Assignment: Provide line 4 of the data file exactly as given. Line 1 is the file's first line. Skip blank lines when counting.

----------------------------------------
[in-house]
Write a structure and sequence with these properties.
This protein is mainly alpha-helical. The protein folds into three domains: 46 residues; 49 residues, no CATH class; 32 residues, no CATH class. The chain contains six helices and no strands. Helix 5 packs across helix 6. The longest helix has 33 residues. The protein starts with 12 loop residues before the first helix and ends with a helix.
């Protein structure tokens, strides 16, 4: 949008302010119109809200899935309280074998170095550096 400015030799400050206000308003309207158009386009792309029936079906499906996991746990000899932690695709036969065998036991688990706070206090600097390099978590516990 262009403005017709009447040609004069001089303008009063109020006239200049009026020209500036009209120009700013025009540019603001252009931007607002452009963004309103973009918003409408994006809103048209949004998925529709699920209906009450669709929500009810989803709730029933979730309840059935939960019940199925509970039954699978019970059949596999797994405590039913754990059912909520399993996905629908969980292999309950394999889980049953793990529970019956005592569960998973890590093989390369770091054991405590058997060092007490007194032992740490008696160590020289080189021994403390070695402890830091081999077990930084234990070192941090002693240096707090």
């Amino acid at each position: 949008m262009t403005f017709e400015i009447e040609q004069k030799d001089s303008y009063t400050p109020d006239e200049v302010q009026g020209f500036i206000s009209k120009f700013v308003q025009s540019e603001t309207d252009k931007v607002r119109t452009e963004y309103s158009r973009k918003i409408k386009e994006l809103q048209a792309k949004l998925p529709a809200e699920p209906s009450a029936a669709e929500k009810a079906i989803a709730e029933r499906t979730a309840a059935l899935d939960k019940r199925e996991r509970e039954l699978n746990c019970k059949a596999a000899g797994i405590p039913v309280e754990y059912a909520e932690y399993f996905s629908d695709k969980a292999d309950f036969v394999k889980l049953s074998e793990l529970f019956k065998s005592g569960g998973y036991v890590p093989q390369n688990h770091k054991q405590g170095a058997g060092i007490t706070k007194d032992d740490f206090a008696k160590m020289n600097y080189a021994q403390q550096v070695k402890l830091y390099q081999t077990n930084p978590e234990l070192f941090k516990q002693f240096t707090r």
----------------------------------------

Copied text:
């Protein structure tokens, strides 16, 4: 949008302010119109809200899935309280074998170095550096 400015030799400050206000308003309207158009386009792309029936079906499906996991746990000899932690695709036969065998036991688990706070206090600097390099978590516990 262009403005017709009447040609004069001089303008009063109020006239200049009026020209500036009209120009700013025009540019603001252009931007607002452009963004309103973009918003409408994006809103048209949004998925529709699920209906009450669709929500009810989803709730029933979730309840059935939960019940199925509970039954699978019970059949596999797994405590039913754990059912909520399993996905629908969980292999309950394999889980049953793990529970019956005592569960998973890590093989390369770091054991405590058997060092007490007194032992740490008696160590020289080189021994403390070695402890830091081999077990930084234990070192941090002693240096707090």